Ambrai: A lakeside restaurant, known for it’s ‘Laal Maas’ or red meat in thick spicy gravy. It has a strategic, scenic setting overlooking the lake and City Palace and some of the tastiest Rajasthani Food. It is a heritage property and the was worth the exploration. While we were there we also experienced the unpredictable rain pour at Udaipur and within seconds the hot dreary city’s weather was transformed into a stormy one. It was beautiful and mesmerizing. By far the best food I tried in the city. Another fact about Udaipur, we didn’t find too many places serving authentic Rajasthani food, much to my disappointment.
These are the places that I found worthy apart from this you will find a lot of recommendations listed in Lonely Planet and other sites but surely wouldn’t recommend it. Rather try and do places around Udaipur like;
Chittorgarh Fort: 125 kms from Udaipur, but the road is so good that you will reach there under two hours.
I remember from childhood being so excited about visiting Pompeii and the Pantheon which were marvels built in the 3rd century BC, totally unaware of this fort which has stood in India from the 5th century and is a World Heritage site. It’s amazingly well preserved. The architecture is all Indo-Aryan and this fort was built by the Morya dynasty finally occupied by the Maharanas till they moved their base to Udaipur.
Twenty-seven battles were fought and the rulers only lost three, such was the structure and planning of the fort. There is much to do in the fort and a whole round with all sight-seeing will take y0u over two hours. I definitely recommend a registered guide or else, lack of audio guide aids will take the history out of the ruins.
The history of the fort is also extraordinary; this is the place where Rani Padmini and many other women along with her performed ‘Johar’ or burning live in the holy fire to save their dignity when attacked by Ala-ud-din Khilji. Mirabai sang innumerable songs in praise of ‘Krishna’ here.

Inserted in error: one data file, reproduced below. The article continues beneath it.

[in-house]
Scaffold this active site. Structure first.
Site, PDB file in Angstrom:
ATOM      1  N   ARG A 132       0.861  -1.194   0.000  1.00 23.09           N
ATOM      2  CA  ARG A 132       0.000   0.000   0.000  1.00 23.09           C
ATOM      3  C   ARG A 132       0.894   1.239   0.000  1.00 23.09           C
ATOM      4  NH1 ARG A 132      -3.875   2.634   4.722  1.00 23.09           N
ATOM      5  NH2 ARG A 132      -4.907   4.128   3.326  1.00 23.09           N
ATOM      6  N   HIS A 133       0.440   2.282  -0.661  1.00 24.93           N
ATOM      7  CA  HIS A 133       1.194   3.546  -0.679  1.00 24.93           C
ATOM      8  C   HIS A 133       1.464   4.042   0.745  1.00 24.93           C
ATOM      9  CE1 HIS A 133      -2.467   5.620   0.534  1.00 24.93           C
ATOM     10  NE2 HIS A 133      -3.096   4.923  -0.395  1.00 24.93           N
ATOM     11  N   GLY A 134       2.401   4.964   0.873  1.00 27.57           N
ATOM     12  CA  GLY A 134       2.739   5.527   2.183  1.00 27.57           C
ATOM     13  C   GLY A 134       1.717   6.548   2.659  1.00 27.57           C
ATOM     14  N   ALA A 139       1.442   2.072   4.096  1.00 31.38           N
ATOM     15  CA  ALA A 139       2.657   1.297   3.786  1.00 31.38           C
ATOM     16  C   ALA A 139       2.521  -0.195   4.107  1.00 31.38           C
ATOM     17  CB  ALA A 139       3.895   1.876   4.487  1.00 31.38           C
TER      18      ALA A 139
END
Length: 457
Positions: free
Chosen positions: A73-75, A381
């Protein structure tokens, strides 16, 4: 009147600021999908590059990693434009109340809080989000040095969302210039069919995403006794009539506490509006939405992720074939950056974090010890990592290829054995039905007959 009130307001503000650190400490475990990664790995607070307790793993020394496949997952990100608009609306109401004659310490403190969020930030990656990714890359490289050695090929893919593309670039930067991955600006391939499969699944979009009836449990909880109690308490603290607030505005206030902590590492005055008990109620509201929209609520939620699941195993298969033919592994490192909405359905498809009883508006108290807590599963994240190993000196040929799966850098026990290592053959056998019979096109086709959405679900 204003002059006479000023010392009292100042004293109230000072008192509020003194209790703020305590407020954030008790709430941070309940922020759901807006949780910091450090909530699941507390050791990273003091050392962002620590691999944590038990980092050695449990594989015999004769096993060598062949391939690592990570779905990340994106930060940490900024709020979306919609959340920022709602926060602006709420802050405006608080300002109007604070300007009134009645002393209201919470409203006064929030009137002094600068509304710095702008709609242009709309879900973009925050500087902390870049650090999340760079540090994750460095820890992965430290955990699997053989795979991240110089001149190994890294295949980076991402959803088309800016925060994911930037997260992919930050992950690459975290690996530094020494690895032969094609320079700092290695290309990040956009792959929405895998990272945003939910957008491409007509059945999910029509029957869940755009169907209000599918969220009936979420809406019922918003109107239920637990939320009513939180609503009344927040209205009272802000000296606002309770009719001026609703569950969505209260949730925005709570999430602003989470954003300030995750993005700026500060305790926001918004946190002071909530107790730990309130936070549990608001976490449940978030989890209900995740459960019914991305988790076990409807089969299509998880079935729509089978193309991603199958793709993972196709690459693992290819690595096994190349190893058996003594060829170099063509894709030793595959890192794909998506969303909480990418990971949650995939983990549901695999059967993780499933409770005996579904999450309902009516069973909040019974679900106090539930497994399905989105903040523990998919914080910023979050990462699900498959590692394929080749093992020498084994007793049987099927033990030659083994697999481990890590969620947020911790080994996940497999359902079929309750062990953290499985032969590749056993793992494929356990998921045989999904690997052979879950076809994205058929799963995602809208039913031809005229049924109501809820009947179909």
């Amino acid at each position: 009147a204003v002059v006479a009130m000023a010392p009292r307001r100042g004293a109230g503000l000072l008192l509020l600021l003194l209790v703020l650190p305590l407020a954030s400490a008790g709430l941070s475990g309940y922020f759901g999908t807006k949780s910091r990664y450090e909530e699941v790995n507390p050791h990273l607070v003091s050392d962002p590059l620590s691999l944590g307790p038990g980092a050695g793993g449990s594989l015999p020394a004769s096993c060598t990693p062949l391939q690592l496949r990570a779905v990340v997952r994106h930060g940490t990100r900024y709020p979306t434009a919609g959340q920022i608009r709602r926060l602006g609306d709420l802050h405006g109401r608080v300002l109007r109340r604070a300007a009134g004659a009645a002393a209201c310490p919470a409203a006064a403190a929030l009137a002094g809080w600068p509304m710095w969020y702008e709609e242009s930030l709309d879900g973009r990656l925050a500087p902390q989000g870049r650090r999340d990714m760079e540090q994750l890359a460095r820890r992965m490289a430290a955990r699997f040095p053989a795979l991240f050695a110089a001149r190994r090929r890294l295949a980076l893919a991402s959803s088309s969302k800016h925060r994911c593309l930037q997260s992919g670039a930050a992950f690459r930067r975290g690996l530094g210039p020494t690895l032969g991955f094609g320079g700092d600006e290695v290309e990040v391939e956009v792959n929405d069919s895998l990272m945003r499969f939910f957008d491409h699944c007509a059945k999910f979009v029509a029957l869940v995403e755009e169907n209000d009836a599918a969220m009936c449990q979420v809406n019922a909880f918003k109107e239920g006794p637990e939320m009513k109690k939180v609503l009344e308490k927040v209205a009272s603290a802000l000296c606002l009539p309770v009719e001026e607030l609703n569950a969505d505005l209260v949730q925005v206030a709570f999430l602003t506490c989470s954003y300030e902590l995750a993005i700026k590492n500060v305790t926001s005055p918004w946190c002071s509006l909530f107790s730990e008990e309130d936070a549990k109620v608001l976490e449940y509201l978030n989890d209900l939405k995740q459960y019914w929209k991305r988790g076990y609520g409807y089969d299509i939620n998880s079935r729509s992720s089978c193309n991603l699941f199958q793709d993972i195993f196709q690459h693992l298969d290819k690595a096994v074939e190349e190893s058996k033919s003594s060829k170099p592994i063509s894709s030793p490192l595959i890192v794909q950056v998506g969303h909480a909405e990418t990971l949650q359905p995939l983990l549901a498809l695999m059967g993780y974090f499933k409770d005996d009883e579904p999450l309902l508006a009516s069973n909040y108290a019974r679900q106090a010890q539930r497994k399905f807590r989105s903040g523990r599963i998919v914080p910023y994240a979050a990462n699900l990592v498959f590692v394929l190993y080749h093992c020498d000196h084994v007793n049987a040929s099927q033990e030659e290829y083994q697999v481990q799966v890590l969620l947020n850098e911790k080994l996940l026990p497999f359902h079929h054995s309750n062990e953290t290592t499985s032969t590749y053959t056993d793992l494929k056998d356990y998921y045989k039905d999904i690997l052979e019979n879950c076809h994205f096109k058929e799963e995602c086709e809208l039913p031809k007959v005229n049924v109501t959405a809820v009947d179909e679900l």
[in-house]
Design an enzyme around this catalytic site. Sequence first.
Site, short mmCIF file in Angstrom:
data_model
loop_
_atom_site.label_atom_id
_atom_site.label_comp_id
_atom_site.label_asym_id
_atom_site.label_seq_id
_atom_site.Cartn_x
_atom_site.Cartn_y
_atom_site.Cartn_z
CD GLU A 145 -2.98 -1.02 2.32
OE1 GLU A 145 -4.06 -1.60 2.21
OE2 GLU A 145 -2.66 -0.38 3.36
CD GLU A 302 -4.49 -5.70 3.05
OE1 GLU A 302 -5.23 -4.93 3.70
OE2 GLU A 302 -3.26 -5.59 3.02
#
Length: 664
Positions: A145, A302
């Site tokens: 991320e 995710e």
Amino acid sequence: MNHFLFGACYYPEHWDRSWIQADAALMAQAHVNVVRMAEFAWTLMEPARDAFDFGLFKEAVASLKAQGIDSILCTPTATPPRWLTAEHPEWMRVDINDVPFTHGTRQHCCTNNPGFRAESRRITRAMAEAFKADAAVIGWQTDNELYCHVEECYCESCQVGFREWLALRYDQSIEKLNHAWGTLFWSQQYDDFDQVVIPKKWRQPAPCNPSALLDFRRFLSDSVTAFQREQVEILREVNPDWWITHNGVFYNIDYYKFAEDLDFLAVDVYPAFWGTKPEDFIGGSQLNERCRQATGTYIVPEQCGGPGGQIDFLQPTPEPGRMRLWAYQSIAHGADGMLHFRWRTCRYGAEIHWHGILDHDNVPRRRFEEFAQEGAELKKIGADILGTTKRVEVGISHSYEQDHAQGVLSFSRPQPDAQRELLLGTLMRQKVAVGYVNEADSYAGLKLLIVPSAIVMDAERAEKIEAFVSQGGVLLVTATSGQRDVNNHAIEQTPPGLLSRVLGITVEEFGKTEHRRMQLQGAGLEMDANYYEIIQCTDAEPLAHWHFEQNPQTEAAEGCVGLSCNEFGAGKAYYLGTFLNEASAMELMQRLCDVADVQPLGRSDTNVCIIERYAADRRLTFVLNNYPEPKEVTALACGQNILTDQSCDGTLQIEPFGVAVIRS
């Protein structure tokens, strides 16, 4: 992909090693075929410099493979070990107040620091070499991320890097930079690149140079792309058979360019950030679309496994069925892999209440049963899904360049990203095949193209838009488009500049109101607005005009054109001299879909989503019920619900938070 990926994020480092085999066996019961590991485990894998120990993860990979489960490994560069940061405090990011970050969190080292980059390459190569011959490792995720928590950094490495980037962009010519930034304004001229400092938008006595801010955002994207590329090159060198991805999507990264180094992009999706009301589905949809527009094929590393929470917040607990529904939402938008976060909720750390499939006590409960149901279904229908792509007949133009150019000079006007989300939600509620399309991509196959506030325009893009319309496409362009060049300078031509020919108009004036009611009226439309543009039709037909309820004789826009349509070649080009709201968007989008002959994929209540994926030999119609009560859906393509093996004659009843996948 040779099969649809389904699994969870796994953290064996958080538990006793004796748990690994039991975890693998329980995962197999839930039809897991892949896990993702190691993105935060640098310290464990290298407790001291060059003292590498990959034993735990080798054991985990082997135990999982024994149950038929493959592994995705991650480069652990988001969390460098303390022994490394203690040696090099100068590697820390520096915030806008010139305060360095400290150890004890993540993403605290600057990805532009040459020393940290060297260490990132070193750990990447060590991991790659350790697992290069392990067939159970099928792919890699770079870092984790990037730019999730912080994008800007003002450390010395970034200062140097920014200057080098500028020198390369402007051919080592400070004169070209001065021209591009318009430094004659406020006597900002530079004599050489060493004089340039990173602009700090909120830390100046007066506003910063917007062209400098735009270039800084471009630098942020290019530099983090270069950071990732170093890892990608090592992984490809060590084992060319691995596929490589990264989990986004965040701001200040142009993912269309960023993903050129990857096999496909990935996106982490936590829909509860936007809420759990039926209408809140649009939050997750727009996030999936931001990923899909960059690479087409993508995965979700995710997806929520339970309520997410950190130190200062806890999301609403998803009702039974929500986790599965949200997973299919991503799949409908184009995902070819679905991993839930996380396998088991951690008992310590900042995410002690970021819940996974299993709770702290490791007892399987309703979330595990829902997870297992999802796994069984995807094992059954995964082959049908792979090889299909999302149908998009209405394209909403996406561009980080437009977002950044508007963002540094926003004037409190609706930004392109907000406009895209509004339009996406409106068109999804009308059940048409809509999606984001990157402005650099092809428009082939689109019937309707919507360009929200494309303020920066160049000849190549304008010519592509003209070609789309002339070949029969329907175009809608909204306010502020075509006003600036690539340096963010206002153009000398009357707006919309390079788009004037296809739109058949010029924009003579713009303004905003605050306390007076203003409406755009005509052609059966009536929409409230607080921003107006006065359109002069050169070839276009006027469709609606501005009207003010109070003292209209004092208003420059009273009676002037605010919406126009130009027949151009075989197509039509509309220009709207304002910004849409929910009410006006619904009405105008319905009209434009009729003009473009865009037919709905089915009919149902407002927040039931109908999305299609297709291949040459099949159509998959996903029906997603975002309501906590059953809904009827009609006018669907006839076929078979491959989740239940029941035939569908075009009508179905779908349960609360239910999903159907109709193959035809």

Two other places which I couldn’t visit but were highly recommend were ;
Kumbhalgarh Fort: 85 kms from Udaipur and takes around 1 1/2 hours to reach there.
History states, Young Uday Singh was brought to this fort when his life was in danger. Panna dai raised him here secretly so that he can rule over Mewar one day. Great ruler of Mewar Maharana Pratap was also born in the same fort. The outer walls of this fort are 15 feet thick and spread over the perimeter of 36 kms. These walls are believed to be the second-longest continuous walls, after the Great Wall of China. The strategic location of the fort 1100 metres from sea level made this fort impossible to conquer. Infact, it was never once conquered. Amazing, right?
Ranakpur Jain Temple:
Distance from Udaipur: 150 kms from Udaipur. At least 2 to 3 hours travel.
This place is famous for the famous marble Jain temple.It was built in the 15th century and is located in the midst of Aravali Hills. The uniqueness of this temple lies in it’s 1000 carved pillars which according to hearsay are laid out such that no one has been able to count them all. It’s a beautiful piece of architecture and now on my list when I visit Udaipur next.
Overall, my trip was full of wonderful experiences. Keep tuned in for more stories from this trip :)!